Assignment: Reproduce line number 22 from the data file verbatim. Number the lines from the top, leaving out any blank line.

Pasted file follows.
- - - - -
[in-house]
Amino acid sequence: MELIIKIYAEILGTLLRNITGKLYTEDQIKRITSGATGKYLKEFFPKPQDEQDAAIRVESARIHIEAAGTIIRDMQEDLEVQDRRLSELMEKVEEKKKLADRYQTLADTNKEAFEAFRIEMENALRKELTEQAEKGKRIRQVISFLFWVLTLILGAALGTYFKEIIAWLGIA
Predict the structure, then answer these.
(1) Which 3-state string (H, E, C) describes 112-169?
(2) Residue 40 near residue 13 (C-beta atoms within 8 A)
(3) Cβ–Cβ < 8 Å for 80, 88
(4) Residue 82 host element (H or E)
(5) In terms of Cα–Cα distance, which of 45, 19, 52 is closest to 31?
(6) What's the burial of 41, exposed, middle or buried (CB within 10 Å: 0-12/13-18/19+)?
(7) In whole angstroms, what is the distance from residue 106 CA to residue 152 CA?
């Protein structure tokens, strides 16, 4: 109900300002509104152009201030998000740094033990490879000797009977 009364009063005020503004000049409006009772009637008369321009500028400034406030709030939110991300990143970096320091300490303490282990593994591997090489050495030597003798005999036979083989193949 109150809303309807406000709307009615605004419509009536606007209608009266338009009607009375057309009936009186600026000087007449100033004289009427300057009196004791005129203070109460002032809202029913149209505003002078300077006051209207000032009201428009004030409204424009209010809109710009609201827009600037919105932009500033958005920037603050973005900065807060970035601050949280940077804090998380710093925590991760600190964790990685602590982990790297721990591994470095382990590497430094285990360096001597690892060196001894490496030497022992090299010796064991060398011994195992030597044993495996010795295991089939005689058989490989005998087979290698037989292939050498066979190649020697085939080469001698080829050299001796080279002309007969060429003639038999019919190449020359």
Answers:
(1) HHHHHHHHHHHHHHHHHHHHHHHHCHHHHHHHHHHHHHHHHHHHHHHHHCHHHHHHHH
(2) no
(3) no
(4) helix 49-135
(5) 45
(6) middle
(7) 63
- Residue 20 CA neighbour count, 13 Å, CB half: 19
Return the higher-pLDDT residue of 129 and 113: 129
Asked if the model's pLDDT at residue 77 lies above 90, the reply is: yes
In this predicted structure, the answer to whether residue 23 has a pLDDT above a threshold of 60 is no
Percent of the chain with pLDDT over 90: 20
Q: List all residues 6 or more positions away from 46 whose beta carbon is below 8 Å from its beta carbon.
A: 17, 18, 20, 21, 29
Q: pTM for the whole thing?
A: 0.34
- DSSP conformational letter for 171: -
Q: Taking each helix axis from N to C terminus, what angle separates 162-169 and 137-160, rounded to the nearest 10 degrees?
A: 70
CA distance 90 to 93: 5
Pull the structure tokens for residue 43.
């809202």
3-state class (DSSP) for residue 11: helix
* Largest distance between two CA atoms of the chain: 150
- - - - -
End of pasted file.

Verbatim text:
Asked if the model's pLDDT at residue 77 lies above 90, the reply is: yes